At its first meeting since the inauguration of Gov. J.B. Pritzker, the Illinois State Board of Education on Monday agreed to ask the state for $1.5 million in interest-free loans for charter school facilities and classroom technology.

The board included the funding in its $19.3 billion preliminary recommendation for public education in the fiscal year starting July, $7.2 billion more than this year’s budget. The final recommendation will be made in February and heads to the governor and General Assembly for approval.

In his first speech after taking the oath as Illinois governor, Pritzker made few concrete promises on education, focusing instead on the task of balancing the Illinois budget, overhauling the state tax code, and finding new revenue. As a candidate, he had pledged to place a moratorium on charter school expansion.

In coming months, Pritzker will have the chance to replace several members of the State Board of Education whose terms are expiring. That could impact the board’s approval of charter-related budget items, as well as herald a new direction on controversial charter-related legislation like the state charter commission, which can approve charters rejected at the district level.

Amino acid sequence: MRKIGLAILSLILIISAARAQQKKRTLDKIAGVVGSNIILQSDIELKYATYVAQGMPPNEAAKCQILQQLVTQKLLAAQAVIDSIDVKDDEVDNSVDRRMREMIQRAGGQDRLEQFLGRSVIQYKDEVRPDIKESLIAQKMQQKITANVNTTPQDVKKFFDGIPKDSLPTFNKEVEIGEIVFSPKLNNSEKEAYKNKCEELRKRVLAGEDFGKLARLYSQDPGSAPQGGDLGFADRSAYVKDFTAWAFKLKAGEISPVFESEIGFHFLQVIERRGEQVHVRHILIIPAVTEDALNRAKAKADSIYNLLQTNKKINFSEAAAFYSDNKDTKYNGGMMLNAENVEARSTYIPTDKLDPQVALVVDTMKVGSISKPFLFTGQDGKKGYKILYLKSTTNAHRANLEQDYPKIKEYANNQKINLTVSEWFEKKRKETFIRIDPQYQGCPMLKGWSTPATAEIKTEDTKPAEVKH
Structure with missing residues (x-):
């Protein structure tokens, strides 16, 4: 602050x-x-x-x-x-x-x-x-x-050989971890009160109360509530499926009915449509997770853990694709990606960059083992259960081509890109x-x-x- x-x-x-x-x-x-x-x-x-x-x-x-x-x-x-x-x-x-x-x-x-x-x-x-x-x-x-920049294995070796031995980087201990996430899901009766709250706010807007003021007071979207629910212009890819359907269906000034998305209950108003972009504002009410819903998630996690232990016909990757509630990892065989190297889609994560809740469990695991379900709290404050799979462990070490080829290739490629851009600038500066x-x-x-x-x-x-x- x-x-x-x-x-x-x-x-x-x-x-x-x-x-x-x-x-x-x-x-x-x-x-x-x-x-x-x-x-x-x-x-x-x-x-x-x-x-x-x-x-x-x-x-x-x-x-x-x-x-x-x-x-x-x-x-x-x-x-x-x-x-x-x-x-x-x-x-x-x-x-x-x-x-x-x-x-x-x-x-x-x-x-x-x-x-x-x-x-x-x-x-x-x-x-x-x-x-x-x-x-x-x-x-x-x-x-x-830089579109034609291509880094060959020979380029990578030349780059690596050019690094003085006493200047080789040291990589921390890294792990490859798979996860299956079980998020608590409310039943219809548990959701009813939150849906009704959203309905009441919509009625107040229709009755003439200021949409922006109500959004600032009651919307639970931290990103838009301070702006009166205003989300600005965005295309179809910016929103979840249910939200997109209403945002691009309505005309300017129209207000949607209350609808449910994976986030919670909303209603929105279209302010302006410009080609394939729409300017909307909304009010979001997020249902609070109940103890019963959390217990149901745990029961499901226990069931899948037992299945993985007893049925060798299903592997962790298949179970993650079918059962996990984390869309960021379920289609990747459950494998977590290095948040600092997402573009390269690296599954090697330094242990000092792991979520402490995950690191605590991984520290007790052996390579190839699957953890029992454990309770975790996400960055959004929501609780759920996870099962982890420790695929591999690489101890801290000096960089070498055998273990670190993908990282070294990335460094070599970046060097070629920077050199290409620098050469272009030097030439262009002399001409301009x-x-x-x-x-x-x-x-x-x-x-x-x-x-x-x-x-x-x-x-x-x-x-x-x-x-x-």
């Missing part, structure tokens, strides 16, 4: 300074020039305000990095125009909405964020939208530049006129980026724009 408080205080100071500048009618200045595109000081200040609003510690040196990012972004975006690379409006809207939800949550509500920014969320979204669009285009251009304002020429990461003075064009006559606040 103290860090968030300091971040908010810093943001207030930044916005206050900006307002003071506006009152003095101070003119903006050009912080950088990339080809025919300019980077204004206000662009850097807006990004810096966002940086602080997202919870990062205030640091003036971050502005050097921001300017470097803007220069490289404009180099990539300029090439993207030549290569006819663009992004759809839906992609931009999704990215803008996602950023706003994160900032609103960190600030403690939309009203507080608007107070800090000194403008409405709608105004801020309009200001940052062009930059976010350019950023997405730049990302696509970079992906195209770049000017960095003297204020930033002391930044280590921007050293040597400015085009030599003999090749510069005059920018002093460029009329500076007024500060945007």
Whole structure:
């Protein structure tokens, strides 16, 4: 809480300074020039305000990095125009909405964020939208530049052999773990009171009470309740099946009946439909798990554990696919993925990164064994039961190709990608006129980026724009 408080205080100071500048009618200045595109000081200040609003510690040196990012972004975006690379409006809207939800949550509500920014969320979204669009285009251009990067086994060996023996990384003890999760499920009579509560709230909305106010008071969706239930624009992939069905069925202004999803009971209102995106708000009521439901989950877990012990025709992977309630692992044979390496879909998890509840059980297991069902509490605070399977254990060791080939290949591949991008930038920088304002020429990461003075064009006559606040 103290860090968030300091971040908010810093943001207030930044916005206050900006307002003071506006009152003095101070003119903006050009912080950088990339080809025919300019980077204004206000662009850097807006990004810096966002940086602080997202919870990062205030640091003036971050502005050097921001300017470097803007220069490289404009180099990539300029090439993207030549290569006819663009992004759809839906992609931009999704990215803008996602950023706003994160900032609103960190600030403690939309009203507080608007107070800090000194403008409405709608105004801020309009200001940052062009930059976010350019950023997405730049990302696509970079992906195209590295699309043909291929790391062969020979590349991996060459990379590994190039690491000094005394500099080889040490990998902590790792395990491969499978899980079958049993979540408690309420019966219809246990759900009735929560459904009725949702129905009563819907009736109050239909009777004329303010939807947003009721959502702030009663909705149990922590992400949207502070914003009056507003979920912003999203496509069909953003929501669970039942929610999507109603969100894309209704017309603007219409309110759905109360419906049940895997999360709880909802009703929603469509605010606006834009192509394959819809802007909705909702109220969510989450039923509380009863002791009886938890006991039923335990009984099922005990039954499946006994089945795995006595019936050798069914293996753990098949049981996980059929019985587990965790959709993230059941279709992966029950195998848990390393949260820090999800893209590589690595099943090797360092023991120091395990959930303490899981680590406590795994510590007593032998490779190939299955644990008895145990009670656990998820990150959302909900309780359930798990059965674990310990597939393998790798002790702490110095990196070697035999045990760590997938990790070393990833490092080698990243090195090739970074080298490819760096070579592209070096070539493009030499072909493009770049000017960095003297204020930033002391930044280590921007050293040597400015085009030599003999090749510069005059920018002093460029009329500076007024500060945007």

The state’s Charter School Revolving Loan Fund grew under former governor Bruce Rauner, who sought to promote charter schools.

Unlike some other states, Illinois doesn’t provide funding for charter school facilities, and neither do most districts. That means charters must acquire facilities funding through bonds or other financial deals.

The state created the fund to help build, acquire and improve charter classrooms, and to provide supplies, textbooks and other equipment. Schools could apply for up to $250 per student in funding.

In 2016, the legislature increased the per-pupil loan amount to $750 per student, despite objections from some legislators.

Andrew Broy, president of the Illinois Network of Charter Schools, which drafted the 2016 bill that increased per-pupil funding through the loans, said he was pleased the draft budget includes more money for the fund, but that $1.5 million doesn’t meet the needs of charters when local districts don’t fund facilities facilities.

“Charters have huge facilities needs in the state, and $1.5 million doesn’t even scratch the surface,” Broy said.

Broy noted that because the fund was revolving, any loans that charters received were paid back directly into the fund.

But Carol Burris, executive director of the Network for Public Education, a national group that advocates for public schools, criticized the fund for funneling public money to the independently operated charter schools.

“Before the state goes ahead and uses taxpayer dollars to pour into another fund to start up new charters, it’s really important that there be a careful accounting of what happened in the past,” said Burris. “I would hope that under the new governor, Illinois would put a pause button on this.”